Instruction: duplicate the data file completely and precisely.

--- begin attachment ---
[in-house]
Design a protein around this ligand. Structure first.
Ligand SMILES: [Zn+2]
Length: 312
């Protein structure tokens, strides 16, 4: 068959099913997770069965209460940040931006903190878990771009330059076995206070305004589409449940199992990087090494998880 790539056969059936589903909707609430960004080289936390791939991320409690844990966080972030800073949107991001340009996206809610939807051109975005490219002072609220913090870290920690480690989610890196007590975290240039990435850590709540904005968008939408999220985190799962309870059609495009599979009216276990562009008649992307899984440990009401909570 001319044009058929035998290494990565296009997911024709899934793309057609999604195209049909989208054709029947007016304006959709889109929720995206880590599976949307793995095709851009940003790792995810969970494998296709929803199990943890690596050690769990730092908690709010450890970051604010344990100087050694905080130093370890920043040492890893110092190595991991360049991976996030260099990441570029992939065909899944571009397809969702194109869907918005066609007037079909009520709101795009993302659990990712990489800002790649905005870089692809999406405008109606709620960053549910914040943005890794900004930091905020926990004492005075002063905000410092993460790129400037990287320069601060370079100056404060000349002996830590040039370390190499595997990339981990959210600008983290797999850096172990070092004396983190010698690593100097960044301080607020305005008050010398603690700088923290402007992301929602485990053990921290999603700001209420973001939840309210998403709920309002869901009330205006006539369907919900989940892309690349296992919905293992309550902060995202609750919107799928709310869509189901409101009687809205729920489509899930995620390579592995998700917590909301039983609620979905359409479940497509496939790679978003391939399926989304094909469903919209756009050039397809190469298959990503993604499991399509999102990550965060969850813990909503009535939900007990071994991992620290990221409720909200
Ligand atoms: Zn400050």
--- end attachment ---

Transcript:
[in-house]
Design a protein around this ligand. Structure first.
Ligand SMILES: [Zn+2]
Length: 312
């Protein structure tokens, strides 16, 4: 068959099913997770069965209460940040931006903190878990771009330059076995206070305004589409449940199992990087090494998880 790539056969059936589903909707609430960004080289936390791939991320409690844990966080972030800073949107991001340009996206809610939807051109975005490219002072609220913090870290920690480690989610890196007590975290240039990435850590709540904005968008939408999220985190799962309870059609495009599979009216276990562009008649992307899984440990009401909570 001319044009058929035998290494990565296009997911024709899934793309057609999604195209049909989208054709029947007016304006959709889109929720995206880590599976949307793995095709851009940003790792995810969970494998296709929803199990943890690596050690769990730092908690709010450890970051604010344990100087050694905080130093370890920043040492890893110092190595991991360049991976996030260099990441570029992939065909899944571009397809969702194109869907918005066609007037079909009520709101795009993302659990990712990489800002790649905005870089692809999406405008109606709620960053549910914040943005890794900004930091905020926990004492005075002063905000410092993460790129400037990287320069601060370079100056404060000349002996830590040039370390190499595997990339981990959210600008983290797999850096172990070092004396983190010698690593100097960044301080607020305005008050010398603690700088923290402007992301929602485990053990921290999603700001209420973001939840309210998403709920309002869901009330205006006539369907919900989940892309690349296992919905293992309550902060995202609750919107799928709310869509189901409101009687809205729920489509899930995620390579592995998700917590909301039983609620979905359409479940497509496939790679978003391939399926989304094909469903919209756009050039397809190469298959990503993604499991399509999102990550965060969850813990909503009535939900007990071994991992620290990221409720909200
Ligand atoms: Zn400050």